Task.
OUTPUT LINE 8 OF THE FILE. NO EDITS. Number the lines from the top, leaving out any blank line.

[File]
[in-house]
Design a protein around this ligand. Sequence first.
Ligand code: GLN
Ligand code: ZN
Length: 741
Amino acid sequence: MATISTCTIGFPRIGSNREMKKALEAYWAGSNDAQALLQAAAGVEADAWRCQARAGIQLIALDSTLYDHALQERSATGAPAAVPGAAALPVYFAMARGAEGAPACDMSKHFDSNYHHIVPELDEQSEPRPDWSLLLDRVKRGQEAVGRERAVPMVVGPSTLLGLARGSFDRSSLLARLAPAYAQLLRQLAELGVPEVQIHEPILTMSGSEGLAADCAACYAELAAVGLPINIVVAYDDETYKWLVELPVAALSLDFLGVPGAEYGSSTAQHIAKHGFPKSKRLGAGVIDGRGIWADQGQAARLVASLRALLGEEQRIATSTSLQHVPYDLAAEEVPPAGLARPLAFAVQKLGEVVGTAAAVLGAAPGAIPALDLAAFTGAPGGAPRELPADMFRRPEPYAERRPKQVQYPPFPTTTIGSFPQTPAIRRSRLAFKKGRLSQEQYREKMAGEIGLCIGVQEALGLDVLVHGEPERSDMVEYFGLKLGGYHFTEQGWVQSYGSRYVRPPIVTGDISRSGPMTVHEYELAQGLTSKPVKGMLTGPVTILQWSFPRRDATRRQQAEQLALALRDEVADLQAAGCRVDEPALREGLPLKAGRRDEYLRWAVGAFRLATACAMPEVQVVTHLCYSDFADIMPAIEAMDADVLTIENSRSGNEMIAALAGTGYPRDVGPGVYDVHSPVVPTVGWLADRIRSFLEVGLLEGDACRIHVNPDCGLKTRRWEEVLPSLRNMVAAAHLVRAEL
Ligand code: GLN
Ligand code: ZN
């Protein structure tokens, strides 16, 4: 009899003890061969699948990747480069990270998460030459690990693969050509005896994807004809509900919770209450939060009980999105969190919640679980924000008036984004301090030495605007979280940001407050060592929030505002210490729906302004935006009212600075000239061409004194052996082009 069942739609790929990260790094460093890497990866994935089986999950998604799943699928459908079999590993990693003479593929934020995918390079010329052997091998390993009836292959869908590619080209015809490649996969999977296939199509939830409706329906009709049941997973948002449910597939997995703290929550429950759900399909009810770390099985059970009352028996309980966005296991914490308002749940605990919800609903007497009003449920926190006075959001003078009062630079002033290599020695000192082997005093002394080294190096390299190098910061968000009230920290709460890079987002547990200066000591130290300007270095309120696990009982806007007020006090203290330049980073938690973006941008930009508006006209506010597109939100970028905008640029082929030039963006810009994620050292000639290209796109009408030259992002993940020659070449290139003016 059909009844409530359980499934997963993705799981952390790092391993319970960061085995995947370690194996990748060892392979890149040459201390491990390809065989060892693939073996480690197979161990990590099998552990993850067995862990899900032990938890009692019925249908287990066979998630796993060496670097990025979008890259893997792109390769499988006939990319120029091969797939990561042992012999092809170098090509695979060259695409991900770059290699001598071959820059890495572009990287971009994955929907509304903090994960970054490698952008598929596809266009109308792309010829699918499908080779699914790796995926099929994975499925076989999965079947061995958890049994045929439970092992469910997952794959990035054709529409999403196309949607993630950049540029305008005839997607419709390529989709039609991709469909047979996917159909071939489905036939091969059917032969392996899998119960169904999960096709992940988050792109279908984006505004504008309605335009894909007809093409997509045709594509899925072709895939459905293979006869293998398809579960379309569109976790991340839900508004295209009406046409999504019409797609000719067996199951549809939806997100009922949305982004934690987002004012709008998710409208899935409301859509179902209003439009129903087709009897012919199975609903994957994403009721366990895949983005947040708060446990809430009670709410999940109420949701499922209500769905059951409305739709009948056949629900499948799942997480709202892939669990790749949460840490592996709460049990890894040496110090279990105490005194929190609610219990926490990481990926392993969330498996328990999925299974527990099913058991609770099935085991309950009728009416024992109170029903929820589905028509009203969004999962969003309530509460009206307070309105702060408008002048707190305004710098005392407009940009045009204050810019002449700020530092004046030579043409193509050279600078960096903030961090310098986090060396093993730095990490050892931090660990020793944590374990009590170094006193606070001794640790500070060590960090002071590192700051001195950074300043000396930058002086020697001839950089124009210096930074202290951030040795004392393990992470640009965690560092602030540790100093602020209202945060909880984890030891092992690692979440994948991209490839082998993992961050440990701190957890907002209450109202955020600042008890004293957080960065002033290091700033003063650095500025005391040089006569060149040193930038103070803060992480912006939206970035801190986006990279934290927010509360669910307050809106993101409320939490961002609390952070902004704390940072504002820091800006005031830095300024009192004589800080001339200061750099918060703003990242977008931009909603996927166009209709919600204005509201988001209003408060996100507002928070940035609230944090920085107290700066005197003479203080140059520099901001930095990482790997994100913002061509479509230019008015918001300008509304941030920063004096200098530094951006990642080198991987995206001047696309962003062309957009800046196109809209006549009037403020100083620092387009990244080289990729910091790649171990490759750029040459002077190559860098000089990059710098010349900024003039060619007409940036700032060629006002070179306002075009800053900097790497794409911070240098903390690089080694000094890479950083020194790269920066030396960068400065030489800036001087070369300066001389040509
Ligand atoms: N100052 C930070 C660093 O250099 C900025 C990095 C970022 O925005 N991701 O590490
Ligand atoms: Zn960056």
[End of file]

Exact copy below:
Ligand code: ZN